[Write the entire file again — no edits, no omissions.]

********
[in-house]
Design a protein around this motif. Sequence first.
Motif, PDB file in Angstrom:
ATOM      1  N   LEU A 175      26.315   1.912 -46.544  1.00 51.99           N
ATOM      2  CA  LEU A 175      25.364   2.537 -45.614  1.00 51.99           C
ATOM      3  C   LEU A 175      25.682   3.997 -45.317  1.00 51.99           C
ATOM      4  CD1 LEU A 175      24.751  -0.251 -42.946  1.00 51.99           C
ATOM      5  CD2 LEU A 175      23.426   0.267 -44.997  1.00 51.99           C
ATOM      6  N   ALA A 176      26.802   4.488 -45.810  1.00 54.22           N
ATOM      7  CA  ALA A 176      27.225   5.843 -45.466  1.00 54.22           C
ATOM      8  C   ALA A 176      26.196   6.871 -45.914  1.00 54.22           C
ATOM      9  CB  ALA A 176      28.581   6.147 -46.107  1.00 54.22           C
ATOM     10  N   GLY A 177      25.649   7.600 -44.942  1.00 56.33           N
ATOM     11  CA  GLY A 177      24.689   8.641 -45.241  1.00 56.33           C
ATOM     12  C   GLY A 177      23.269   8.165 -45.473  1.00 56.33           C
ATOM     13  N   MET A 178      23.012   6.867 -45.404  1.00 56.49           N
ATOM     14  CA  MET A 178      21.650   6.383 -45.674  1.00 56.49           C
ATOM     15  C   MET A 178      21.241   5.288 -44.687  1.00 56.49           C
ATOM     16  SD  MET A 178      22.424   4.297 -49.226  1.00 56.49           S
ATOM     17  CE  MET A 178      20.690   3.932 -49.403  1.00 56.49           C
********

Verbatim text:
[in-house]
Design a protein around this motif. Sequence first.
Motif, PDB file in Angstrom:
ATOM      1  N   LEU A 175      26.315   1.912 -46.544  1.00 51.99           N
ATOM      2  CA  LEU A 175      25.364   2.537 -45.614  1.00 51.99           C
ATOM      3  C   LEU A 175      25.682   3.997 -45.317  1.00 51.99           C
ATOM      4  CD1 LEU A 175      24.751  -0.251 -42.946  1.00 51.99           C
ATOM      5  CD2 LEU A 175      23.426   0.267 -44.997  1.00 51.99           C
ATOM      6  N   ALA A 176      26.802   4.488 -45.810  1.00 54.22           N
ATOM      7  CA  ALA A 176      27.225   5.843 -45.466  1.00 54.22           C
ATOM      8  C   ALA A 176      26.196   6.871 -45.914  1.00 54.22           C
ATOM      9  CB  ALA A 176      28.581   6.147 -46.107  1.00 54.22           C
ATOM     10  N   GLY A 177      25.649   7.600 -44.942  1.00 56.33           N
ATOM     11  CA  GLY A 177      24.689   8.641 -45.241  1.00 56.33           C
ATOM     12  C   GLY A 177      23.269   8.165 -45.473  1.00 56.33           C
ATOM     13  N   MET A 178      23.012   6.867 -45.404  1.00 56.49           N
ATOM     14  CA  MET A 178      21.650   6.383 -45.674  1.00 56.49           C
ATOM     15  C   MET A 178      21.241   5.288 -44.687  1.00 56.49           C
ATOM     16  SD  MET A 178      22.424   4.297 -49.226  1.00 56.49           S
ATOM     17  CE  MET A 178      20.690   3.932 -49.403  1.00 56.49           C